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There's good evidence that training throughout a full ROM leads to greater hypertrophy than training only at short muscle lengths,1 However some recent studies2,3 have also shown that training through a partial range of motion at long muscle lengths produces as much, or possibly even greater hypertrophy than training through a full range of motion, and with that hypertrophy being particularly concentrated in the more distal parts of the muscle.

Note that study 3 linked above is the one that the Flow High Performance video is describing. This study (and the video) did not report that biceps have a "preferred length" or that training at all lengths is suboptimal. All it did was compare training short ROM at short muscle length to short ROM at long muscle length and found that the latter as superior. They didn't compare to full ROM or to a combination of different ROMs. Study 2 linked above did compare full ROM and alternating long or short muscle length partial ROM from workout to workout, and found that both these options gave better hypertrophy than training only at short muscle lengths.

In summary, we know that training only at short muscle lengths is suboptimal, but probably don't have enough evidence yet to say for sure whether training specifically at long muscle lengths is better than training through a full ROM. Practical considerations tend to make full ROM training easier, since partial ROM training requires you to come up with a way of ensuring your ROM is consistent from workout to workout, mixing sets of different ROMs does that as well as making it more difficult to track weights used between workouts, since your one exercise, e.g. bicep curls, has now become three or more exercises: bicep curls at short muscle length, medium muscle length, and long muscle length.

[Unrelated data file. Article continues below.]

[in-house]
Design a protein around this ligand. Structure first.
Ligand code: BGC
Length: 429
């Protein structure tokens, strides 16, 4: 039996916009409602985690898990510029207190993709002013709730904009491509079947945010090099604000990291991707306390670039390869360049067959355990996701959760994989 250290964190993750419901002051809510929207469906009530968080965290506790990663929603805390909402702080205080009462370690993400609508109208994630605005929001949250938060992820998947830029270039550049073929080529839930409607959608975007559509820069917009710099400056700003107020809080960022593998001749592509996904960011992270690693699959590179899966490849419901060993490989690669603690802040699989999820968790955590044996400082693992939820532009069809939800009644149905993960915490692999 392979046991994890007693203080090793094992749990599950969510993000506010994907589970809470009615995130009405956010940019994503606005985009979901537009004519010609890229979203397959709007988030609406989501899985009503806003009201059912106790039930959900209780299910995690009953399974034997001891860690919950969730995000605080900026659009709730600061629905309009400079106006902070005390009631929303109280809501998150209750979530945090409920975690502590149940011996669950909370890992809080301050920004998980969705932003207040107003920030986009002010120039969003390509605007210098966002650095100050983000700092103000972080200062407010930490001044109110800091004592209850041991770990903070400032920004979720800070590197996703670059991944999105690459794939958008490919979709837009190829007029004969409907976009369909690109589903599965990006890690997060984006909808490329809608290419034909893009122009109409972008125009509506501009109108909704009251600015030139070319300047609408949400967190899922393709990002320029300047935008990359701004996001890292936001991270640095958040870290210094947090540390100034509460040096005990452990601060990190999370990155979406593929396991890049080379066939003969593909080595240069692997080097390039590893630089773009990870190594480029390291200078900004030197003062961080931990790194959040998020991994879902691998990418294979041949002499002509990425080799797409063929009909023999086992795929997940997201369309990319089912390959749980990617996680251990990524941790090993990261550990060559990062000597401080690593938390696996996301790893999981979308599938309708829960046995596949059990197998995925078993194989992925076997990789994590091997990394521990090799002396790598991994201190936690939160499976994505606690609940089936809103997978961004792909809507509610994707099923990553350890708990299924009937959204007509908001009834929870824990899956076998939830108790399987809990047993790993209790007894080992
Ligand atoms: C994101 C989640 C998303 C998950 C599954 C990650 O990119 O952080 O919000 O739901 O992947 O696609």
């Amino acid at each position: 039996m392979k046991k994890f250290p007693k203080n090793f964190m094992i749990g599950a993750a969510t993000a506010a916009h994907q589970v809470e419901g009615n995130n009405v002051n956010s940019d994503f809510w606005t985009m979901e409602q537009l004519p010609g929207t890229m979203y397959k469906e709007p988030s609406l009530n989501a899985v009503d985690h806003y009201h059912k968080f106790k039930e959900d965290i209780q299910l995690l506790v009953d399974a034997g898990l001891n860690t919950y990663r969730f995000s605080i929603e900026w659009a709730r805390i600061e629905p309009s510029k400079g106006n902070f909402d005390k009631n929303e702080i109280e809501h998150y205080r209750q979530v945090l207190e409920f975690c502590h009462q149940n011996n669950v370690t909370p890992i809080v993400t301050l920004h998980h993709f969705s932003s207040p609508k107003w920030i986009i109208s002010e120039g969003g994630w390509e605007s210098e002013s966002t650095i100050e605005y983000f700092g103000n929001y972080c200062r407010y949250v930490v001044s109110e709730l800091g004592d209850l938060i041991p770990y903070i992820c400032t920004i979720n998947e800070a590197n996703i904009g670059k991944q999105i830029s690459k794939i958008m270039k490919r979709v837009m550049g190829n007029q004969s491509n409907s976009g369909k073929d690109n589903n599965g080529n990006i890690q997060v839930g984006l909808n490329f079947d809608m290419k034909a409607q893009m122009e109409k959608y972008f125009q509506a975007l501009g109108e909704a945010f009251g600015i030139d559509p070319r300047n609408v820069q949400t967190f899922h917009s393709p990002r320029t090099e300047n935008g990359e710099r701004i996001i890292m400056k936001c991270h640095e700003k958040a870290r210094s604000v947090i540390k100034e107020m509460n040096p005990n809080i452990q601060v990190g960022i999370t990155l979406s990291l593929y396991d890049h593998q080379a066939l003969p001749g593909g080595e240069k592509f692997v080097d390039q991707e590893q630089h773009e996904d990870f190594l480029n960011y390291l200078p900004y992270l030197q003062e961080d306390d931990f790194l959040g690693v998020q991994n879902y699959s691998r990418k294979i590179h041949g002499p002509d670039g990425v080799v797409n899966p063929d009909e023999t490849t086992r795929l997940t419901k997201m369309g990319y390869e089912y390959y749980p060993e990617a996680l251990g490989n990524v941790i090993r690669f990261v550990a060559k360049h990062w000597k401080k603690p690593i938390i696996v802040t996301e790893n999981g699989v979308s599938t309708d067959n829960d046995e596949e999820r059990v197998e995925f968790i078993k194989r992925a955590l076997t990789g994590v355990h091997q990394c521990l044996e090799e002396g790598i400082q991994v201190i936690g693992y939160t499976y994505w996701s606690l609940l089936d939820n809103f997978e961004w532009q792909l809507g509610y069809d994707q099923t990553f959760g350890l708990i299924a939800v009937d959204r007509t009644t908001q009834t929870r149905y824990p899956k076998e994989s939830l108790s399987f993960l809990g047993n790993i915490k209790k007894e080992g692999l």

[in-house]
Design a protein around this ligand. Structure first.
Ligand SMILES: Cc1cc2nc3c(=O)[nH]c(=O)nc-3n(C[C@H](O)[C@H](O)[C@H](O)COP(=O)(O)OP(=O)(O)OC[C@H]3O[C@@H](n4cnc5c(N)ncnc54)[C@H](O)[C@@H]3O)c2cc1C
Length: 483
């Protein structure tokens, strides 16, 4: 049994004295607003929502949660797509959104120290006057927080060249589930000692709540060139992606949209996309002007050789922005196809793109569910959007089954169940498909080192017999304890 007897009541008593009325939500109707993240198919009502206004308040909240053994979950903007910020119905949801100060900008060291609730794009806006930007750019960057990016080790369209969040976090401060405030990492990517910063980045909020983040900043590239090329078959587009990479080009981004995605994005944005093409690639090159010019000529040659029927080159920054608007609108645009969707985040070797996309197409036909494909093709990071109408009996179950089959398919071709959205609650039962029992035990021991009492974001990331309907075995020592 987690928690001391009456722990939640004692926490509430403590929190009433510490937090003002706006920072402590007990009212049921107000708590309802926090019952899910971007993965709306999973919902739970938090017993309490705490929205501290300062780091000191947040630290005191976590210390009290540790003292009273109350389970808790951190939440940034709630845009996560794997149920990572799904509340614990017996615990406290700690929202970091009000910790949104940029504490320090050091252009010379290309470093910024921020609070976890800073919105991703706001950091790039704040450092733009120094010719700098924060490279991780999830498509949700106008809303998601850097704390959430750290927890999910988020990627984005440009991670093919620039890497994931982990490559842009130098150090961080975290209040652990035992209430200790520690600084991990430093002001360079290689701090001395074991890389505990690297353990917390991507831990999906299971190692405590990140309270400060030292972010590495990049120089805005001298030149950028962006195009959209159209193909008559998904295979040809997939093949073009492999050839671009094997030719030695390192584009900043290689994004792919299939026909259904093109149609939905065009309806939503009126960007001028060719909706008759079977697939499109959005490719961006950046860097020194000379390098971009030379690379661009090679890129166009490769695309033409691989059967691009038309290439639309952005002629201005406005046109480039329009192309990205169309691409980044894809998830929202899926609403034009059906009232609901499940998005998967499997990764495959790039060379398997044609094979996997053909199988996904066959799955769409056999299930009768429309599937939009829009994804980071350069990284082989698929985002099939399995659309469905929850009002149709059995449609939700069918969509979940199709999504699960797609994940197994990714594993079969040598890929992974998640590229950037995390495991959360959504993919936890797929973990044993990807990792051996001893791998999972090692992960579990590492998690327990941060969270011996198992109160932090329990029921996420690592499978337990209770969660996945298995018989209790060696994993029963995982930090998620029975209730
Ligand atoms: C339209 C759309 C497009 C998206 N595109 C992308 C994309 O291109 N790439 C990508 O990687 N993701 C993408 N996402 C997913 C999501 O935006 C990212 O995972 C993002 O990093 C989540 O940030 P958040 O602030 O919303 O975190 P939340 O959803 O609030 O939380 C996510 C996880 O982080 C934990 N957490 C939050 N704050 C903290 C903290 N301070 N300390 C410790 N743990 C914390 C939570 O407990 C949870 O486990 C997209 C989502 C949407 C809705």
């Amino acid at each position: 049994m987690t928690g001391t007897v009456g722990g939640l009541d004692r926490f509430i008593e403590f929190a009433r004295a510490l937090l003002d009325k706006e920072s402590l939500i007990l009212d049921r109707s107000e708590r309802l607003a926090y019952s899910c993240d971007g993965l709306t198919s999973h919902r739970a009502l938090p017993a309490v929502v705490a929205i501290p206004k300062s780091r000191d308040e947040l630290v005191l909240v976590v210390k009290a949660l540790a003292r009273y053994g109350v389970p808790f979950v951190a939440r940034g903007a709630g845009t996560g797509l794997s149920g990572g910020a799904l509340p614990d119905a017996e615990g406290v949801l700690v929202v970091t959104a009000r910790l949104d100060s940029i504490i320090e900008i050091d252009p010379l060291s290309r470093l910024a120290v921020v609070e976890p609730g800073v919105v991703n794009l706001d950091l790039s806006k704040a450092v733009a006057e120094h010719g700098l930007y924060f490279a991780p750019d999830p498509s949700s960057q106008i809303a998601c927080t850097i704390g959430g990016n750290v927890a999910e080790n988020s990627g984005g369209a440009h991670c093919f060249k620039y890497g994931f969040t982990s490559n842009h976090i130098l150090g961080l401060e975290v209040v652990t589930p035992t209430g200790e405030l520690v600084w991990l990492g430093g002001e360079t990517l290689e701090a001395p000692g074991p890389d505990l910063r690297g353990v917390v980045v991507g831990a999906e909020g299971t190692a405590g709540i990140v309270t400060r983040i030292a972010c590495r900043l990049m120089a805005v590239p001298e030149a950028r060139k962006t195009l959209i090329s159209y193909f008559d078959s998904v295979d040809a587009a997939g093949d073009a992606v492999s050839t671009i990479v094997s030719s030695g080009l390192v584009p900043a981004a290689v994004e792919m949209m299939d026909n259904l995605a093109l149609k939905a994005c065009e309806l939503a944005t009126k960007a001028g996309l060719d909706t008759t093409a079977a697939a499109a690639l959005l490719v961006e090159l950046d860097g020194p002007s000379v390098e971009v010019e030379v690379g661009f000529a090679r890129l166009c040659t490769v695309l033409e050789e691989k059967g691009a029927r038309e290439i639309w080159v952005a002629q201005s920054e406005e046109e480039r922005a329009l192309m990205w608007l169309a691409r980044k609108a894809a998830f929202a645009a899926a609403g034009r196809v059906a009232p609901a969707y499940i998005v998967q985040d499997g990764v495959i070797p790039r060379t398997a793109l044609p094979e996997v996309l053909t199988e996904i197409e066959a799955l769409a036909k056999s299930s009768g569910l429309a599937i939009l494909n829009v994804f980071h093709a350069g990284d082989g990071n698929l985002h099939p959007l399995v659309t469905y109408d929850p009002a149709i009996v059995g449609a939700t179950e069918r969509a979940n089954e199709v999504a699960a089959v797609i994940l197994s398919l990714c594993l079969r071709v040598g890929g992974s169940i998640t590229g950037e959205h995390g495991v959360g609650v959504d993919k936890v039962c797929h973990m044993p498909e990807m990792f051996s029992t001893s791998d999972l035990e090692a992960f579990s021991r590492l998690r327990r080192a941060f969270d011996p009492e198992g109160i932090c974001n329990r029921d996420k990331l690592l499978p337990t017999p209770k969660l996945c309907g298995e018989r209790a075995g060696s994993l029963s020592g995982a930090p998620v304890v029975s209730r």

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  • Thank you for the help! The "preferred length" part was indeed poorly phrased. Those articles are helpful, but my question was more about, within a full ROM exercise, if there are benefits of varying the portion where the exercise has the most resistance. There might be an extrapolation to be done about "is better to train only the lengthen part of the ROM" -> "is better to train full ROM exercises overloaded in the lengthen part", but other than that, it doesn't seem to be much literature on this specific topic. Jan 19 at 22:35
  • From that extrapolation, my intuitive "pro" of "different stimulus" might be wrong as focusing on the shorten position is sub optimal, and i'd be inclined to give preference to exercises that are overloaded in the middle/lengthen portions. But this is all extrapolation so i'll keep on looking. Jan 19 at 22:35
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    The Pedrosa et al. (2021) study found that alternating (session to session) between doing partial reps at short muscle length and at long muscle lengths gave at least as much hypertrophy as doing a full range of motion, and possible even more. So you could do that, at the cost of complicating your workouts by needing to track different weights to use with different ROMs. But otherwise, yes, giving preference to exercises that are overloaded in the middle/lengthen portions is definitely a good way to go. Jan 22 at 10:39